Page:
This week I received a get-of-jail card from my auto club to use anytime I get in trouble. It’s a $5000 bond guarantee. Unfortunately the card doesn’t cover the good stuff in the police blotter. It’s not good for DUI or eluding police – useless failure to present proof of insurance.

What am I gonna do the next time I’m arrested for driving my cousin’s tow truck without a commercial license? The disclaimer says it won’t cover that – useless! I’m not making this up.

You are probably wondering why a minister should need such a card. I’m a pretty law-abiding guy. People know that. I even highlighted that on my recent resume –right at the top – “never actually indited.” The job offers multiply daily.

Still, if you think it’s odd for a minister to get the card, what about folks like Jeb Bush? Did he get one? Does the Chief of Homeland Security get one? Would a bail bondsman get one? Or is free bail kind of a job perk? And how about a judge?

A judge carrying a get-out-of-jail card would be almost as unique as was the judge I encountered issuing his own brand of get-out-of-jail cards. I was walking to the cafeteria with the nurse manager of the Critical Care Unit. We were 15 steps from the hospital driveway when a code blue call was announced – a common hospital announcement calling for all available medical personnel.

However, this code blue was being called for the hospital driveway. Grabbing a nearby “crash cart” and began pushing it toward the driveway while mouthing our disbelief – “code blue in the driveway?”

We weren’t the first ones to the scene, but I wished we had been. Stooped over a man bleeding from nearly every orifice, was the nurse manager from in-vitro fertilization giving mouth-to-mouth. She was a newlywed with an umbilical link to a life inside her as she began to establish a mouth-to-mouth link with a stranger outside of her.

Although the judge was dead from a self-inflicted gunshot wound, the nurse was making a midnight appeal to arbitrate life and defy his final court order. Blood was everywhere and whatever was in the blood now entangled the nurse.

The judge was taken to the ER where heroic measures were given one more prayer before he was pronounced dead. Documents discovered on his body revealed that he was an immigration judge and our lab had just given him a positive result for HIV.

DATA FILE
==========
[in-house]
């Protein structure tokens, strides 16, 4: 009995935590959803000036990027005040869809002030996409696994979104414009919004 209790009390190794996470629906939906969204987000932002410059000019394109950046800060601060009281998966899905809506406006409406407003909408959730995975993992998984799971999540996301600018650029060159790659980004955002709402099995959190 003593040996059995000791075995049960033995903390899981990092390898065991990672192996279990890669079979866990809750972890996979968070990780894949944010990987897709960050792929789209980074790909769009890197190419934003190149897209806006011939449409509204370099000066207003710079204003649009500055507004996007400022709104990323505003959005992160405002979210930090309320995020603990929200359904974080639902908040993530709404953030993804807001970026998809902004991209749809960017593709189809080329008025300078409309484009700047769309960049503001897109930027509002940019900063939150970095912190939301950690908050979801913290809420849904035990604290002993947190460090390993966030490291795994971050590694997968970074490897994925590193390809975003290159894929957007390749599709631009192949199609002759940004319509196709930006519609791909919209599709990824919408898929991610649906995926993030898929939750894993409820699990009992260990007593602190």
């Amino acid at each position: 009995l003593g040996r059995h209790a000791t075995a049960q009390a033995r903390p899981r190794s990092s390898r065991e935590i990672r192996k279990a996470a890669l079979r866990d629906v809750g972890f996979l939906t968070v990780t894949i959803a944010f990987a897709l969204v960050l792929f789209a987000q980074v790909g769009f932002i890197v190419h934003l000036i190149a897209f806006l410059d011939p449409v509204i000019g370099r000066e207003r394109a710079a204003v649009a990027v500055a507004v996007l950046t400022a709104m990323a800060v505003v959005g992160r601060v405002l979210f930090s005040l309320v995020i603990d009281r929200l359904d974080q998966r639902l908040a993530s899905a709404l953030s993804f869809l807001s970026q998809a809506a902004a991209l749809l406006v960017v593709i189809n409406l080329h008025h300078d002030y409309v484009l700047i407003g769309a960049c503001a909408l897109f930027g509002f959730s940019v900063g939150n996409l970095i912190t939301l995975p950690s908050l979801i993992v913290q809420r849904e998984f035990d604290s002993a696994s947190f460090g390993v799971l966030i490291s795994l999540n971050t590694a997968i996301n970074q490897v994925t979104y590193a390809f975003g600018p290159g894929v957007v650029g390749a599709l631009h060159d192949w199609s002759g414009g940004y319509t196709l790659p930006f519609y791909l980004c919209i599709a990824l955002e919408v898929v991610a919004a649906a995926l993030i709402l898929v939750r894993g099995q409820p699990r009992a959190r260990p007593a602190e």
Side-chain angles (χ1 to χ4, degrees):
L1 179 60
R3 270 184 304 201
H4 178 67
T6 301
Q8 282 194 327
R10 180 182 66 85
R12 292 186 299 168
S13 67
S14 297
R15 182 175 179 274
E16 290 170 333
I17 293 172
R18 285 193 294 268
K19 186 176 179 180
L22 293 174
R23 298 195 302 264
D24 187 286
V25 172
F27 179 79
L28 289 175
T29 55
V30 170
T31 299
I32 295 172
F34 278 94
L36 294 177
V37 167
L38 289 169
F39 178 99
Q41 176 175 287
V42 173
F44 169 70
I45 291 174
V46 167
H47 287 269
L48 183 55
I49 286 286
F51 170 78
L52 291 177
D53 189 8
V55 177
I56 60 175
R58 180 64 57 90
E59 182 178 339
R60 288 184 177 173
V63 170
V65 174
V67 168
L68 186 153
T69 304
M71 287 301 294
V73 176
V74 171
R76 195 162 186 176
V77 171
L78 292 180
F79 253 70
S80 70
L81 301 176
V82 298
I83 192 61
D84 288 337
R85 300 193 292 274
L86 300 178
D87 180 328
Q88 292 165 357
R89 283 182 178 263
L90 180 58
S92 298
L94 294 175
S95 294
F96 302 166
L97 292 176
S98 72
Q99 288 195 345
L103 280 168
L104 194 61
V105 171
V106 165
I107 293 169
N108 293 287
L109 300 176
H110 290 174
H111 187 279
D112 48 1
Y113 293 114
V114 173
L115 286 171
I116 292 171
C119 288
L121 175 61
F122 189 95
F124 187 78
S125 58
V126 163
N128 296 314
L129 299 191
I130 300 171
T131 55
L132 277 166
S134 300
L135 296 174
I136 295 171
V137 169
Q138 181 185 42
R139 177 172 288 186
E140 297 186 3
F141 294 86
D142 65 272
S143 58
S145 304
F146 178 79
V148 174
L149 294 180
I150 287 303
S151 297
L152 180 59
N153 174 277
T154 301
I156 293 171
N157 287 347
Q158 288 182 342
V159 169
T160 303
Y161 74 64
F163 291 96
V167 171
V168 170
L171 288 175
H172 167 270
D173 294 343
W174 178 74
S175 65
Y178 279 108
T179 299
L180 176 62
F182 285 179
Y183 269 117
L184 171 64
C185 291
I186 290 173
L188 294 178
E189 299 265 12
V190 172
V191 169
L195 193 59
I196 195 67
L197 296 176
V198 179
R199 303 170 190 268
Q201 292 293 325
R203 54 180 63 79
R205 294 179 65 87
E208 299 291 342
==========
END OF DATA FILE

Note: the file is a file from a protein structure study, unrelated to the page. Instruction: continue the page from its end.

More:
In the next few hours his family was notified. As the details surrounding the suicide began to surface, grief amongst the family members was a scarce commodity. Apparently the judge had been granting favorable immigration judgements to plaintiffs in exchange for more intimate favors. For soliciting bribes from the desperate, our lab had just handed the judge their unanimous verdict and justice became self-imposed.

Attention quickly turned to our heroic nurse. In-vitro nurses are not especially trained in emergency medicine and his blood had blown through her airway. It would take a miracle to stay the infection.

But every once in a while, heroes get their miracles. She got her miracle in the form of a disease-free beautiful, healthy daughter. She too continued to test negative.

I didn’t know the judge and would therefore not pass judgment on his life. He left this world for an appearance before a much more superior judge. But I am aware of how there are ways in which we repeat the mistakes of the judge.

There are powers we all hold over people. Maybe they are powers of employment, housing, parenting, or education, but they are always powers of influence. It is how we exchange that influence that makes the difference as to how we help or hurt the people we encounter.

There are ways in which we become users of people when we focus only on the use we have for them and the use becomes more important than redeeming the person. When did people become objects to this judge and cease being people?

When does it happen to us? Was it while we were out driving our 4wd SUV’s with our reflective windows shaking a finger at anyone who got in our way? Do we stop seeing them as people and see them as objects that impair us from getting what we need?

How can we open our eyes and see people as God sees them? Perhaps that is only possible when we are willing to sacrifice what God sacrificed. It seems to me that he sacrificed his willingness to be above us when he decided to become one of us. The scripture tells us that he emptied who he was and came to live among us – to become tempted in all the ways in which we are tempted.

The nurse didn’t see herself as above this judge. No one would have blamed her if she had asked for a doctor to pronounce him DOA, but she saw the tragedy in his life. She could have judged him as worthless as he had judged himself, but she didn’t. She saw him just as God sees us – a human being worth every bit as much as the sacrifice made to redeem us.

It seems to me that the holiday we celebrate this weekend was about a man who lived and died for such principles. Happy Birthday, Martin.